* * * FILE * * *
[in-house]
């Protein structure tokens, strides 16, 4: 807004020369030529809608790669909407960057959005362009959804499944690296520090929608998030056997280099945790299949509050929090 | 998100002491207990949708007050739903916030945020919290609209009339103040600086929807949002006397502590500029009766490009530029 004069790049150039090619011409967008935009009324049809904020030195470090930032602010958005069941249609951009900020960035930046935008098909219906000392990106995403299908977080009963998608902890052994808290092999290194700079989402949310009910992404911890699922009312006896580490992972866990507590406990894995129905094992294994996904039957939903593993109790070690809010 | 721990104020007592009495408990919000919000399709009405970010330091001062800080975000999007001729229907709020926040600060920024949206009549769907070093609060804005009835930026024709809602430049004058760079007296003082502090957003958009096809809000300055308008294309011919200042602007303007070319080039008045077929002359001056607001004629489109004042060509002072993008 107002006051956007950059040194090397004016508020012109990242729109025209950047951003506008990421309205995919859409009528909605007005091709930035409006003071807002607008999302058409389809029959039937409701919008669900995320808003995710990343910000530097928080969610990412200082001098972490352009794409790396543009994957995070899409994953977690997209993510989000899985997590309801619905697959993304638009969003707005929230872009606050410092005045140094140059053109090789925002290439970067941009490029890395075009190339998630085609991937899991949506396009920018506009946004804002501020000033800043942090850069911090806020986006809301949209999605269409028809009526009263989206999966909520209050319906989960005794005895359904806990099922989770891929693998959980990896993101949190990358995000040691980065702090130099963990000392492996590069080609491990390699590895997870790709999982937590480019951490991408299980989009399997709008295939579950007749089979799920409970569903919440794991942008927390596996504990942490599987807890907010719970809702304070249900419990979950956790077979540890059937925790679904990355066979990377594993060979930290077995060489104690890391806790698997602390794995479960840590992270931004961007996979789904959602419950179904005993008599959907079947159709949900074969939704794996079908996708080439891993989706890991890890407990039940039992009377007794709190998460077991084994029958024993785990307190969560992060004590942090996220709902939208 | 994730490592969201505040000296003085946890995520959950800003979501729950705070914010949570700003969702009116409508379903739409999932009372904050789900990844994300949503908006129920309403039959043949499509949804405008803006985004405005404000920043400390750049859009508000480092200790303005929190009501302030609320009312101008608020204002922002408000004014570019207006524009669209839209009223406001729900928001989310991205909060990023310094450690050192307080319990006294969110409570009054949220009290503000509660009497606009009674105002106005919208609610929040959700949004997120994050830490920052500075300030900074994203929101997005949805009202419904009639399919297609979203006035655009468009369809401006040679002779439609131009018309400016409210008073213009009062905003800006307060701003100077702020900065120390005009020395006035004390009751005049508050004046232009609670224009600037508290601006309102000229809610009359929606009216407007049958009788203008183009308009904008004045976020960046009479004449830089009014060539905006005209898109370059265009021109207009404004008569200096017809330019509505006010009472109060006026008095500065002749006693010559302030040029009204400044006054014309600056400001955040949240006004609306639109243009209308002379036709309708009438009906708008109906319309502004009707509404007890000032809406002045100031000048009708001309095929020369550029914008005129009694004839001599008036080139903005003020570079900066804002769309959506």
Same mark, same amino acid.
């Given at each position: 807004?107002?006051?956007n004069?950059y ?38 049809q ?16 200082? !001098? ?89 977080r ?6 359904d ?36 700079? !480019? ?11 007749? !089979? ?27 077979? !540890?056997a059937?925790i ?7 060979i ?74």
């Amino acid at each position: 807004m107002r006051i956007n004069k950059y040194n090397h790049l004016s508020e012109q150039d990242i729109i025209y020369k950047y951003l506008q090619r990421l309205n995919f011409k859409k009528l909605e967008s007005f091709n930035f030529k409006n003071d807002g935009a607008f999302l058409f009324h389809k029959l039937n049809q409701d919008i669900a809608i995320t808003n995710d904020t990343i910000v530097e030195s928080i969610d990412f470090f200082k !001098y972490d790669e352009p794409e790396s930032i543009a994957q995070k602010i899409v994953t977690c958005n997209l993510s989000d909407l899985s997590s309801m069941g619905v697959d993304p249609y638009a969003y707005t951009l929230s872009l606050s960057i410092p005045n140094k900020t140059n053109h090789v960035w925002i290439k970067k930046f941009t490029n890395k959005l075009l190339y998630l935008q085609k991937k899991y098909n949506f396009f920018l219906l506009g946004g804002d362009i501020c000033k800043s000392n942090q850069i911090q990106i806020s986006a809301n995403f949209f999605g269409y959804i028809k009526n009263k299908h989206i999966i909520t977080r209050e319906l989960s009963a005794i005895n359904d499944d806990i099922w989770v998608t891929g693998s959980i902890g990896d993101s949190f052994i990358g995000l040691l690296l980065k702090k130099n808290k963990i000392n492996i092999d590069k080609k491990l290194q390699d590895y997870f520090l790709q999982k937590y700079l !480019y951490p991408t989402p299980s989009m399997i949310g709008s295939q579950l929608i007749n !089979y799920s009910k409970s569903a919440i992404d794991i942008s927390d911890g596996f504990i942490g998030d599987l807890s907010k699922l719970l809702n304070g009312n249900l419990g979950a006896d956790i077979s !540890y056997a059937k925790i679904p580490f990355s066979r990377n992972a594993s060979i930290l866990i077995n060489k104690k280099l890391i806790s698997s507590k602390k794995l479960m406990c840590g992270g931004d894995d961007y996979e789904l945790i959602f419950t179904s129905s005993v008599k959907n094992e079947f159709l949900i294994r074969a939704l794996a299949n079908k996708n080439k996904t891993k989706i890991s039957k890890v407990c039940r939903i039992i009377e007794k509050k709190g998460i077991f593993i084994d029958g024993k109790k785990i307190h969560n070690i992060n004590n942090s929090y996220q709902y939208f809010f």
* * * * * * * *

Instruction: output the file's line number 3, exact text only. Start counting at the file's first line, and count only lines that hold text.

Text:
Same mark, same amino acid.